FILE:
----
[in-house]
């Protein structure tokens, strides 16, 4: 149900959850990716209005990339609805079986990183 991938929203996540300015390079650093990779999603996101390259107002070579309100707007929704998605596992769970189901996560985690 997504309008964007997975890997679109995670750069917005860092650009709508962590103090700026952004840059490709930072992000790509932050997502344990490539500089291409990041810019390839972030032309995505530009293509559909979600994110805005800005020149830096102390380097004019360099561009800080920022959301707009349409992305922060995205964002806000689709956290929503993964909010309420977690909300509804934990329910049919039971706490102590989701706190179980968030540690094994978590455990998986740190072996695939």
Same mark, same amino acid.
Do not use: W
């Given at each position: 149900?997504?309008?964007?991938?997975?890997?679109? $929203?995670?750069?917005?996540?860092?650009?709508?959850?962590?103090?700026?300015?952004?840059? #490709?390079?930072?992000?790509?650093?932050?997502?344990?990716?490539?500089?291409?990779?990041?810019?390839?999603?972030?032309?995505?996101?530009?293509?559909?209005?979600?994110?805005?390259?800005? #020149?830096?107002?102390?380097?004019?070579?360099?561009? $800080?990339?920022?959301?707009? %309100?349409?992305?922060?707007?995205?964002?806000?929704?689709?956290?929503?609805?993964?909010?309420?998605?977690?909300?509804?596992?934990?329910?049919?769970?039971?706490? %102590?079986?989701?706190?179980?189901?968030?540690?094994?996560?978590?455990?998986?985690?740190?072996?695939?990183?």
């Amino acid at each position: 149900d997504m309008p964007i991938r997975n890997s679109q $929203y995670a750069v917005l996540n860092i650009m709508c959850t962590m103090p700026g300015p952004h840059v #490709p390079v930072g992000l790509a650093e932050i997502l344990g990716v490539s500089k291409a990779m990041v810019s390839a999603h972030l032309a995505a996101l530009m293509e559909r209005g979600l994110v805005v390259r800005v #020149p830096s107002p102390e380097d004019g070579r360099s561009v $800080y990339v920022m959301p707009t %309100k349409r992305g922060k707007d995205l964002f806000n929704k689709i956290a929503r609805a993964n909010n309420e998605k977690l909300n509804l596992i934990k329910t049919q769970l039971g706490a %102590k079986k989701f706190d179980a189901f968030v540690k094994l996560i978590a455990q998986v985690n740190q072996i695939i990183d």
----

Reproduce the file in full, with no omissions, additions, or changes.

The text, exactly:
[in-house]
């Protein structure tokens, strides 16, 4: 149900959850990716209005990339609805079986990183 991938929203996540300015390079650093990779999603996101390259107002070579309100707007929704998605596992769970189901996560985690 997504309008964007997975890997679109995670750069917005860092650009709508962590103090700026952004840059490709930072992000790509932050997502344990490539500089291409990041810019390839972030032309995505530009293509559909979600994110805005800005020149830096102390380097004019360099561009800080920022959301707009349409992305922060995205964002806000689709956290929503993964909010309420977690909300509804934990329910049919039971706490102590989701706190179980968030540690094994978590455990998986740190072996695939």
Same mark, same amino acid.
Do not use: W
């Given at each position: 149900?997504?309008?964007?991938?997975?890997?679109? $929203?995670?750069?917005?996540?860092?650009?709508?959850?962590?103090?700026?300015?952004?840059? #490709?390079?930072?992000?790509?650093?932050?997502?344990?990716?490539?500089?291409?990779?990041?810019?390839?999603?972030?032309?995505?996101?530009?293509?559909?209005?979600?994110?805005?390259?800005? #020149?830096?107002?102390?380097?004019?070579?360099?561009? $800080?990339?920022?959301?707009? %309100?349409?992305?922060?707007?995205?964002?806000?929704?689709?956290?929503?609805?993964?909010?309420?998605?977690?909300?509804?596992?934990?329910?049919?769970?039971?706490? %102590?079986?989701?706190?179980?189901?968030?540690?094994?996560?978590?455990?998986?985690?740190?072996?695939?990183?």
């Amino acid at each position: 149900d997504m309008p964007i991938r997975n890997s679109q $929203y995670a750069v917005l996540n860092i650009m709508c959850t962590m103090p700026g300015p952004h840059v #490709p390079v930072g992000l790509a650093e932050i997502l344990g990716v490539s500089k291409a990779m990041v810019s390839a999603h972030l032309a995505a996101l530009m293509e559909r209005g979600l994110v805005v390259r800005v #020149p830096s107002p102390e380097d004019g070579r360099s561009v $800080y990339v920022m959301p707009t %309100k349409r992305g922060k707007d995205l964002f806000n929704k689709i956290a929503r609805a993964n909010n309420e998605k977690l909300n509804l596992i934990k329910t049919q769970l039971g706490a %102590k079986k989701f706190d179980a189901f968030v540690k094994l996560i978590a455990q998986v985690n740190q072996i695939i990183d």